Very Low Fat Diets
Very Low Fat Diets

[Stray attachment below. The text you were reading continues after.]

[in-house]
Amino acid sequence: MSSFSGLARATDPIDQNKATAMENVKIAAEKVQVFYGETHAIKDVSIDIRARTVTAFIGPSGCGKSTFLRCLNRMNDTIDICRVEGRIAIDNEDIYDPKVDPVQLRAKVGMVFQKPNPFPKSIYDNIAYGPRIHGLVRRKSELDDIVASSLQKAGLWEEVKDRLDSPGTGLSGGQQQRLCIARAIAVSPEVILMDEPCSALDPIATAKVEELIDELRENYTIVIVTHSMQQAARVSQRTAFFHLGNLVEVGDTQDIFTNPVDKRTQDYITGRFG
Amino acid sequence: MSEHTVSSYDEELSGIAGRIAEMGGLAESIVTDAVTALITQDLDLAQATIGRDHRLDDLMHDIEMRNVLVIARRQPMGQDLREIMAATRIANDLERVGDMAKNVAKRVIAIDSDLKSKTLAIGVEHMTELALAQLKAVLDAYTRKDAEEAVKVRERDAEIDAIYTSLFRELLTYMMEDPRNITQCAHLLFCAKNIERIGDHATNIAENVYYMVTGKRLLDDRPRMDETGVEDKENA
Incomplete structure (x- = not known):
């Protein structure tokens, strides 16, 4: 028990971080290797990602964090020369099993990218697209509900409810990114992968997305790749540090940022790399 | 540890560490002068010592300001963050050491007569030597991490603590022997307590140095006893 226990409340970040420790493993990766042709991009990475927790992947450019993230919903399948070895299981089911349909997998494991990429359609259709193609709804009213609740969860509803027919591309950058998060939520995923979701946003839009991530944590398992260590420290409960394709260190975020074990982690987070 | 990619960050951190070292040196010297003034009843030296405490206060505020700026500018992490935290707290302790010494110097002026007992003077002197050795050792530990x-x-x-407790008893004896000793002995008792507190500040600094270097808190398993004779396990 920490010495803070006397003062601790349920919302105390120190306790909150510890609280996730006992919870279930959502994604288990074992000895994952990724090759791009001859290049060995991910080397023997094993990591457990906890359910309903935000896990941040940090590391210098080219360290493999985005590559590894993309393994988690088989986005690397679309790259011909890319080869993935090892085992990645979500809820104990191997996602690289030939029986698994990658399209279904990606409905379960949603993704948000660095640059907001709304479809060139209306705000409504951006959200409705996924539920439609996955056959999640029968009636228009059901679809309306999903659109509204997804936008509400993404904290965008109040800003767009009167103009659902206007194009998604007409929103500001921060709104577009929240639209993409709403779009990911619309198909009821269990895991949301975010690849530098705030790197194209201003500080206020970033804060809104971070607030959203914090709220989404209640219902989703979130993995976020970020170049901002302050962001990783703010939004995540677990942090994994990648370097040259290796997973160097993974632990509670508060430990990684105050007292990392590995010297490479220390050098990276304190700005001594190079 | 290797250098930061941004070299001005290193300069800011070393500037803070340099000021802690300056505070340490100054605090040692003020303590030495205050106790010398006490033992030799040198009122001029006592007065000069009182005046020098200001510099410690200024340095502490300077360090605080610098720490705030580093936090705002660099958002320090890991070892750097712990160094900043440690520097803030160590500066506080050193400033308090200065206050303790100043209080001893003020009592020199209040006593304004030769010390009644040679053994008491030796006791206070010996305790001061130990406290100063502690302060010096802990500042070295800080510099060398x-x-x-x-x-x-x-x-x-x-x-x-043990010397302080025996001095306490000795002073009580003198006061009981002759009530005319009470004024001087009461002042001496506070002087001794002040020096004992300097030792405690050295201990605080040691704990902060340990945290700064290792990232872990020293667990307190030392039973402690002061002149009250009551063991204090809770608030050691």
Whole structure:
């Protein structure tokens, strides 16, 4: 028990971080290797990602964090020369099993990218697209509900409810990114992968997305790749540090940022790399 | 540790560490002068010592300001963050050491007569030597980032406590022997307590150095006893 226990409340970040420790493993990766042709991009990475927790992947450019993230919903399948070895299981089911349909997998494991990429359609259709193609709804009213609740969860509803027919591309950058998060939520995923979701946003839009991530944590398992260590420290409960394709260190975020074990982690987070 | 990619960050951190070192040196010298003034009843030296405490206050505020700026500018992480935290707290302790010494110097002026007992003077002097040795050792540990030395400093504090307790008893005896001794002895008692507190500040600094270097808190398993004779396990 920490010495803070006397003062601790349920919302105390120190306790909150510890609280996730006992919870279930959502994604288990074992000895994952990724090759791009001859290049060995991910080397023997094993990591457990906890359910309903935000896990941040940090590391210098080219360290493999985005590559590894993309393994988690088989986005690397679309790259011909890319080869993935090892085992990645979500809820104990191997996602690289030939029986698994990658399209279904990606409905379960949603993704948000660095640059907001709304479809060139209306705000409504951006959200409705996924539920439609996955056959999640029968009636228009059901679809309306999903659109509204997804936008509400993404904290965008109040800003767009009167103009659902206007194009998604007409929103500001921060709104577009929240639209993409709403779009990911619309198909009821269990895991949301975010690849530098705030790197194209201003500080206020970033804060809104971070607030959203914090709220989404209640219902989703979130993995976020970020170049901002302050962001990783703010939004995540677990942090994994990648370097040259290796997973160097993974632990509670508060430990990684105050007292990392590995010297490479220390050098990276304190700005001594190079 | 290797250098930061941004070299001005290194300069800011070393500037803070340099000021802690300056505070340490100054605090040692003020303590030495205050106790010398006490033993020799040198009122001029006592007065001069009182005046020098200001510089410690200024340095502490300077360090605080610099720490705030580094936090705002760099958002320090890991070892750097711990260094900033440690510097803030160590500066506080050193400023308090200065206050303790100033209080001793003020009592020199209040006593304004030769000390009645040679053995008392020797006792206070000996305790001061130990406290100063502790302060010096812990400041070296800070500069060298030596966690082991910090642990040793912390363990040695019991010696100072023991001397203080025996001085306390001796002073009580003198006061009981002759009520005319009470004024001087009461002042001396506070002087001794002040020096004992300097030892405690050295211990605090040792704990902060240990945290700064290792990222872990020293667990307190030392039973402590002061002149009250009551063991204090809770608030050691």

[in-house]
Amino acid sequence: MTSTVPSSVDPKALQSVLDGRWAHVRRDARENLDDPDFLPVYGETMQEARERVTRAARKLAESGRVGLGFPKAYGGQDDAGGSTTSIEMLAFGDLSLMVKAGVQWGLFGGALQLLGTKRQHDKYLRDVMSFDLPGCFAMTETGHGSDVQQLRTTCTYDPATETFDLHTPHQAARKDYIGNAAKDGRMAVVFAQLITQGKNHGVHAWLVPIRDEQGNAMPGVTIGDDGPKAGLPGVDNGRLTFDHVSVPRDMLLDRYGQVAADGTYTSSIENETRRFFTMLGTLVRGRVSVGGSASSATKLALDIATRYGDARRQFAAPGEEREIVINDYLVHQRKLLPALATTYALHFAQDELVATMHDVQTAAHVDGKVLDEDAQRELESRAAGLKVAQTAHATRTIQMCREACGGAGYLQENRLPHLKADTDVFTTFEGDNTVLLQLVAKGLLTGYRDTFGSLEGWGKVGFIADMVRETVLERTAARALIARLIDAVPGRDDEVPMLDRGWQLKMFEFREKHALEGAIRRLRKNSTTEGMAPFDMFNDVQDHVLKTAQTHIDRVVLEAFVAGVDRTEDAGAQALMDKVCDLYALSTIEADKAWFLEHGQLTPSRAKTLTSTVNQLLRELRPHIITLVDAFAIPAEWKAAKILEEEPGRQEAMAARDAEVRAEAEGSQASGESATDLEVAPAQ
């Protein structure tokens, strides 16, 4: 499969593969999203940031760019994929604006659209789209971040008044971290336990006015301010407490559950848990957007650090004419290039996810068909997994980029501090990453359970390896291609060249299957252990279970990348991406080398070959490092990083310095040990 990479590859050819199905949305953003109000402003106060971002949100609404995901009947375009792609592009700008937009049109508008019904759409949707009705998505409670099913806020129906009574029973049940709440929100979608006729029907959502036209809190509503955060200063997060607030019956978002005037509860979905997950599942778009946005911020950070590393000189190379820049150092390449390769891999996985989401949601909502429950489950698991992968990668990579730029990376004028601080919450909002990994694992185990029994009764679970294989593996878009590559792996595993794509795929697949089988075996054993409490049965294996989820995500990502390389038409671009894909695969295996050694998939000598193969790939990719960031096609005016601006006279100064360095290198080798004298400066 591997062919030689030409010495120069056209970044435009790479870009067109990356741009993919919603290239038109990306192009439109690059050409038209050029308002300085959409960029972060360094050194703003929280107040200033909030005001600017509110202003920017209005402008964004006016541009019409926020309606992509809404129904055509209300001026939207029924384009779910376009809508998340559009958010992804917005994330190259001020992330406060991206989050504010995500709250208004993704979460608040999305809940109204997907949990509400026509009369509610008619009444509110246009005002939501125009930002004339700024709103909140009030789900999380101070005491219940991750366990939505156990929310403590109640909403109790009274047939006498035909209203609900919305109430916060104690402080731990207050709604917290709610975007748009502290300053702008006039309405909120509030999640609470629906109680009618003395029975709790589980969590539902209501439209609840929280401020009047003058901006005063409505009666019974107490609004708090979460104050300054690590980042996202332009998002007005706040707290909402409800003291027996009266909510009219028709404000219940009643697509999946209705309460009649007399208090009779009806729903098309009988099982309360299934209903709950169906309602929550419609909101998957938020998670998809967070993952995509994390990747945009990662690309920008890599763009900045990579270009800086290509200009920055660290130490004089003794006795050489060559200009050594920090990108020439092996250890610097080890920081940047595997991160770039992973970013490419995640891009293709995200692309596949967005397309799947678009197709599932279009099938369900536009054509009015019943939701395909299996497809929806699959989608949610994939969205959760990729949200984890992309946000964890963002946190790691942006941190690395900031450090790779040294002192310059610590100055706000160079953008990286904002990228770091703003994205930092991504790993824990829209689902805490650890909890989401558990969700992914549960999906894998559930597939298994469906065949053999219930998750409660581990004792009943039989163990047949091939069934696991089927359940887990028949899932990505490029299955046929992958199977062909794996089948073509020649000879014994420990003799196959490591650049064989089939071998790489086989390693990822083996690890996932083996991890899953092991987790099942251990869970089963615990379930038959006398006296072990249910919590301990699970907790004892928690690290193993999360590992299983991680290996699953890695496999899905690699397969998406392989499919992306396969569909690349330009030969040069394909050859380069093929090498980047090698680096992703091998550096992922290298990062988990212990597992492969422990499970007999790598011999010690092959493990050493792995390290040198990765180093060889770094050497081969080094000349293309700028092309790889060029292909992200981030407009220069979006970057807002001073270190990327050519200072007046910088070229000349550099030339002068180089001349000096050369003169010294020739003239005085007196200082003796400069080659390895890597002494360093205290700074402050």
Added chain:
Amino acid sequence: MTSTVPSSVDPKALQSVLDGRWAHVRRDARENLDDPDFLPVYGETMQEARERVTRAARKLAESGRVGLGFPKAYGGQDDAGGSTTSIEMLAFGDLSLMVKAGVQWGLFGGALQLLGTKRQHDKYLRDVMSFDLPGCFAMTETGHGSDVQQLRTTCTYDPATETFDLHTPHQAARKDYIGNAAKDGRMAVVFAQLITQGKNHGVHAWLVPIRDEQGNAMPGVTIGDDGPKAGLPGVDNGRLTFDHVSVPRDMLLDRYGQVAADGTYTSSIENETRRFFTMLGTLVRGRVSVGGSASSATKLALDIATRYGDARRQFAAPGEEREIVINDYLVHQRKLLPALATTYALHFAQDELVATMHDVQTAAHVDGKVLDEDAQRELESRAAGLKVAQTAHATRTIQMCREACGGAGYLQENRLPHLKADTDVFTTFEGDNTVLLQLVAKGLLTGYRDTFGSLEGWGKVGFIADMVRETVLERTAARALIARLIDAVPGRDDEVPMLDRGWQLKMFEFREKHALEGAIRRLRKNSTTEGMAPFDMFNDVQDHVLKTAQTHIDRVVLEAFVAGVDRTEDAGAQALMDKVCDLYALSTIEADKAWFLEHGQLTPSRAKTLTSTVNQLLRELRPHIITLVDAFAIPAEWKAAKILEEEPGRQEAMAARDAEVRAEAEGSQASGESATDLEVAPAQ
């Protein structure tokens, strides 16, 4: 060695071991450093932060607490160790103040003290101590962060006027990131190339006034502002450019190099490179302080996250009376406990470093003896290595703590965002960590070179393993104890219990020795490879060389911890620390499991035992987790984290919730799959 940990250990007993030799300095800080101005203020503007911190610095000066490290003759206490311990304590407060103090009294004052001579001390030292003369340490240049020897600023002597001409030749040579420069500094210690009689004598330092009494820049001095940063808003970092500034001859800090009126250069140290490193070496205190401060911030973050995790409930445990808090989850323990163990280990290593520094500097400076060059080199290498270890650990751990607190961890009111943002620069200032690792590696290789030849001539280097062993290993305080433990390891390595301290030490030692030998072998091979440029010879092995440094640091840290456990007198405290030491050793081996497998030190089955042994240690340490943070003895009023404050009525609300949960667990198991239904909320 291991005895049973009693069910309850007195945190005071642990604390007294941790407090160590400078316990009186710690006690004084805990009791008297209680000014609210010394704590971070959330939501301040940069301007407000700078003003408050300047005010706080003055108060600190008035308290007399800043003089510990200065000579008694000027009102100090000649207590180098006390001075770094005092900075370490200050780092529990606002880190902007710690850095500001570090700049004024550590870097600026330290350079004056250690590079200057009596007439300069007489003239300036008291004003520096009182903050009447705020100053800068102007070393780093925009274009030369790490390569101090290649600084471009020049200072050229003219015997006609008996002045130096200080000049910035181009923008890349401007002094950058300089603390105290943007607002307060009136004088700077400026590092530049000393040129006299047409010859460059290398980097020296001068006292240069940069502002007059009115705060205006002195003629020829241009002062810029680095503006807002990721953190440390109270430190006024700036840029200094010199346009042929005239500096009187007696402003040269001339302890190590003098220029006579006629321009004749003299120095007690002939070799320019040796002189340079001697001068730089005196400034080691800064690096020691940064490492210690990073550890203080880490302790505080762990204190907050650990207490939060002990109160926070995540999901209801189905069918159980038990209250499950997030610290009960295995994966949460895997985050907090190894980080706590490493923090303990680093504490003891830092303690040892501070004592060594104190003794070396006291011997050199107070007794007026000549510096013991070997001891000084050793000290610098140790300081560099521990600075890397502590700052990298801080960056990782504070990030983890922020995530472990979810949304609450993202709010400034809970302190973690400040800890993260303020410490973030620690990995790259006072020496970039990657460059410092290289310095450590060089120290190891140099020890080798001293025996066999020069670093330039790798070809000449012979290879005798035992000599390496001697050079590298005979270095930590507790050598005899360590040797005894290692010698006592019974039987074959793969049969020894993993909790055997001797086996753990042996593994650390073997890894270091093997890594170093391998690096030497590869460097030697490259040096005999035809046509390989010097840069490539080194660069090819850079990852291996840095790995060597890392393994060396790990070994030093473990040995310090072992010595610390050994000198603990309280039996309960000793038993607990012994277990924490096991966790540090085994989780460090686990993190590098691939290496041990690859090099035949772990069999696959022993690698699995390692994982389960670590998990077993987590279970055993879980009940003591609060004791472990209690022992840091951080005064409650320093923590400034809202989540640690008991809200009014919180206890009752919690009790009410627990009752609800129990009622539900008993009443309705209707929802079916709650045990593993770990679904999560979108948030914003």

Conclusions: There is overwhelming evidence that reductions in saturated fat, dietary cholesterol, and weight offer the most effective dietary strategies for reducing total cholesterol, LDL-C levels, and cardiovascular risk. Decreases in saturated fat should come at the expense of total fat because there is no biological requirement for saturated fat. Essential fatty acids can be adequately derived from unsaturated sources even if total fat intake is ,15% of calories, but the appropriate types and amounts of these dietary fat sources must be selected (ie, highly polyunsaturated vegetable oils). Results from a few clinical trials suggest that very low fat diets are associated with reduced risk of cardiovascular disease, but numerous unanswered questions remain that make population-wide recommendations of such diets premature. Very low fat diets in the short term increase TG levels and decrease HDL-C levels without yielding additional decreases in LDL-C levels. The weight loss that may accompany such diets attenuates these adverse effects on plasma lipid levels. Because long-term results are not available to support the value of very low fat diets to either facilitate continued weight loss or further lower blood cholesterol levels, concerns about their widespread use remain. For certain persons, ie, those with hypertriglyceridemia or hyperinsulinemia, the elderly, or the very young, the potential for elevated TG levels, decreased HDL-C levels, or nutrient inadequacy must be considered. Responses to any dietary intervention designed to alter blood lipid levels or body weight vary among individuals. Data are still lacking from randomized clinical trials in which representative population samples with adequate power were used to test whether there is substantial additional benefit to be derived from very low fat diets. Because very low fat diets represent a radical departure from the current prudent dietary guidelines, such diets must be proved both advantageous and safe before national recommendations can be issued. In the interim, a limited group of motivated, high-risk persons with elevated LDL-C levels and/or preexisting cardiovascular disease may benefit from very low fat diets but only with support, careful supervision, and regular follow-up by the healthcare provider. Advice about optimal substitutions of complex carbohydrates for fat while preserving protein intake should be provided with ongoing assessment to ensure adequate long-term intake of micronutrients.
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